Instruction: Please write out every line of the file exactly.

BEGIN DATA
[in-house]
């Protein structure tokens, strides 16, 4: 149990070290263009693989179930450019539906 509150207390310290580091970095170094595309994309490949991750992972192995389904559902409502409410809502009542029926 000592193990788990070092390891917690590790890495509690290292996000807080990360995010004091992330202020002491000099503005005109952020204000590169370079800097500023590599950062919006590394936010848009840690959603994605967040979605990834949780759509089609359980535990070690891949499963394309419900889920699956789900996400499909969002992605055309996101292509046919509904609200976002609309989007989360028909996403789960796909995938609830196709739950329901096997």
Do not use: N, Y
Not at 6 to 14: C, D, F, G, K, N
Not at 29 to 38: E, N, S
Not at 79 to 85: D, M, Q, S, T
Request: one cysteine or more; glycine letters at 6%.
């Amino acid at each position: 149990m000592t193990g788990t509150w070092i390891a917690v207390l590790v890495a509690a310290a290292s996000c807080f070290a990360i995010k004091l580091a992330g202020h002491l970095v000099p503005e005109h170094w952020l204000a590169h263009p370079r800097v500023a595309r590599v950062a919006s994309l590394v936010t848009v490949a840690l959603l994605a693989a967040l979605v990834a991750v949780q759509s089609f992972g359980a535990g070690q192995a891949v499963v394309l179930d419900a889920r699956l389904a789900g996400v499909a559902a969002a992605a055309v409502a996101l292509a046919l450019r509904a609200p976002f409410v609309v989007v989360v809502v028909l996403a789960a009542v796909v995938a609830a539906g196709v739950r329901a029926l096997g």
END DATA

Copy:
[in-house]
């Protein structure tokens, strides 16, 4: 149990070290263009693989179930450019539906 509150207390310290580091970095170094595309994309490949991750992972192995389904559902409502409410809502009542029926 000592193990788990070092390891917690590790890495509690290292996000807080990360995010004091992330202020002491000099503005005109952020204000590169370079800097500023590599950062919006590394936010848009840690959603994605967040979605990834949780759509089609359980535990070690891949499963394309419900889920699956789900996400499909969002992605055309996101292509046919509904609200976002609309989007989360028909996403789960796909995938609830196709739950329901096997």
Do not use: N, Y
Not at 6 to 14: C, D, F, G, K, N
Not at 29 to 38: E, N, S
Not at 79 to 85: D, M, Q, S, T
Request: one cysteine or more; glycine letters at 6%.
């Amino acid at each position: 149990m000592t193990g788990t509150w070092i390891a917690v207390l590790v890495a509690a310290a290292s996000c807080f070290a990360i995010k004091l580091a992330g202020h002491l970095v000099p503005e005109h170094w952020l204000a590169h263009p370079r800097v500023a595309r590599v950062a919006s994309l590394v936010t848009v490949a840690l959603l994605a693989a967040l979605v990834a991750v949780q759509s089609f992972g359980a535990g070690q192995a891949v499963v394309l179930d419900a889920r699956l389904a789900g996400v499909a559902a969002a992605a055309v409502a996101l292509a046919l450019r509904a609200p976002f409410v609309v989007v989360v809502v028909l996403a789960a009542v796909v995938a609830a539906g196709v739950r329901a029926l096997g």